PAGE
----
Get up there and get galloping!

###

Currently the Becoming Writer and the 100 Day Book programs are closed until next semester.  Future contests in Becoming Writer will be on Flash Fiction, Essay writing, Novels, and Poetry.

 

 

 

 

 

 

 

Free WRITING For Free

WinR profile picJackie Houchin is a Christian writer, book reviewer, and retired photojournalist. She writes articles and reviews on a variety of topics, and occasionally edits manuscripts. She also dabbles in short fiction. “I’m a wife (52 years in Feb/2016), a mom, and a grandma (of adults, sigh!). I enjoy creating Bible craft projects for kids; growing fruits, flowers, and veggies; and traveling to other countries. I also adore cats and kittens and mysteries.”    Follow Jackie on Morning Meditations and Here’s How it Happened

What comes to your mind when you think of free writing?

Do you think of finding a word, idea, scene or photo, and putting your pen to paper (or fingers to keyboard) and… writing whatever comes to mind? (I did that once about salt from a photo of a vintage restaurant saltshaker, giving the condiment a personality. It turned out pretty cool, I thought!)

Or does free writing mean penning something “on spec” which is a fancy way of saying that no money is involved. Or, if you are a newbie writer, maybe you volunteer your services for articles, blog posts, interviews, fillers, etc., for experience and to accumulate “clips.”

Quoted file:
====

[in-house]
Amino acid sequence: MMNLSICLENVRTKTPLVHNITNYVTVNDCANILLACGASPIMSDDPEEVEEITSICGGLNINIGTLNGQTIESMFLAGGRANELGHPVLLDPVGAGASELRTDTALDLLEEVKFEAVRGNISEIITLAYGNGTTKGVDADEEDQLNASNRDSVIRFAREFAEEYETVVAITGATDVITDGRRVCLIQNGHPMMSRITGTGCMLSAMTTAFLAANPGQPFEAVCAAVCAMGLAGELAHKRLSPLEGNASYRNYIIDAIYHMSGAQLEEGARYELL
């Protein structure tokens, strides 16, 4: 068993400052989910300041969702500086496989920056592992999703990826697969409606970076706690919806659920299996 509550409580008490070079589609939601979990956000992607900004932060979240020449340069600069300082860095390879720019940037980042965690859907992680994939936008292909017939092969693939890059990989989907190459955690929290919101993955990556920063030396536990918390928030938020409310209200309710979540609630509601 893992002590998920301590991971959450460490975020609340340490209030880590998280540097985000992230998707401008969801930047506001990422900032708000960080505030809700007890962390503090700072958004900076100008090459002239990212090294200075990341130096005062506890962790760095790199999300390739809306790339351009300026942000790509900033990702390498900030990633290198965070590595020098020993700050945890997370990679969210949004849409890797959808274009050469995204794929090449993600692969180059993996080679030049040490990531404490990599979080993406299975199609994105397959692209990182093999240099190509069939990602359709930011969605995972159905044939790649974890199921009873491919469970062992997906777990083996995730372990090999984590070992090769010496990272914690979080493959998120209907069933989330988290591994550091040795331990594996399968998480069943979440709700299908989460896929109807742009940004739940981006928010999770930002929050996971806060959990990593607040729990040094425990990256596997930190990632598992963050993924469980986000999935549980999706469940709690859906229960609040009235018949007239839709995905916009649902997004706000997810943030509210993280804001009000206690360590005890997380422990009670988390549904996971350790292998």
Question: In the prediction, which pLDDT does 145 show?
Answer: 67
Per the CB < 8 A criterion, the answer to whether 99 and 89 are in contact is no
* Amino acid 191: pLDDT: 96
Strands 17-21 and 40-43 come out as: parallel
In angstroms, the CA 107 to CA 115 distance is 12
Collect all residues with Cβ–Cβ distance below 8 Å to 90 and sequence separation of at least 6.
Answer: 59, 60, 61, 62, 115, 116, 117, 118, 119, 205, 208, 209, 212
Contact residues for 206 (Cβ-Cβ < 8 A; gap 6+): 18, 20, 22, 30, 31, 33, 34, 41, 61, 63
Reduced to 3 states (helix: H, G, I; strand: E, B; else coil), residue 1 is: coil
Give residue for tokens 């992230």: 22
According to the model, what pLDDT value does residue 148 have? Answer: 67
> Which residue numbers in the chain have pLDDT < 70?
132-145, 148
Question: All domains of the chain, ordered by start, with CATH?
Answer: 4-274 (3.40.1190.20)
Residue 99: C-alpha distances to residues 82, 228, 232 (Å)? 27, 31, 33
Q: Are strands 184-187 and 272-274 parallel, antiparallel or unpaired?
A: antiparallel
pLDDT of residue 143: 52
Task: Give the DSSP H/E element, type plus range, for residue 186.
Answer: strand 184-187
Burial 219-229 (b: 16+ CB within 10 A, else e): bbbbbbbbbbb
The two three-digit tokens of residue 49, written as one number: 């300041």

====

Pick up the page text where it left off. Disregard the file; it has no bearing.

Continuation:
Freeing Willie

“Free Writing” – that mind-over-matter, staring-into-space writing that begins with a prompt – is often used by writers and novelists who experience writer’s block, as a way to prime the pump. However it happens, once you get your creative juices or muses moving, your other WIP seems to suddenly take on new life. (And no, my muse’s name is not Willie!)

FREE writing3This kind of free writing invigorates your thought process, sparks ideas that catch fire and burn down forests of paper!! (Sorry, I got a little carried away.)

You don’t have to be “stuck” to make use of free writing. Some writers write from a prompt daily in a journal designated for that purpose. Not only does it kick start their writing, but they archive a huge number of ideas in the process to use later. (See a list of websites at the end that feature prompts for writers.)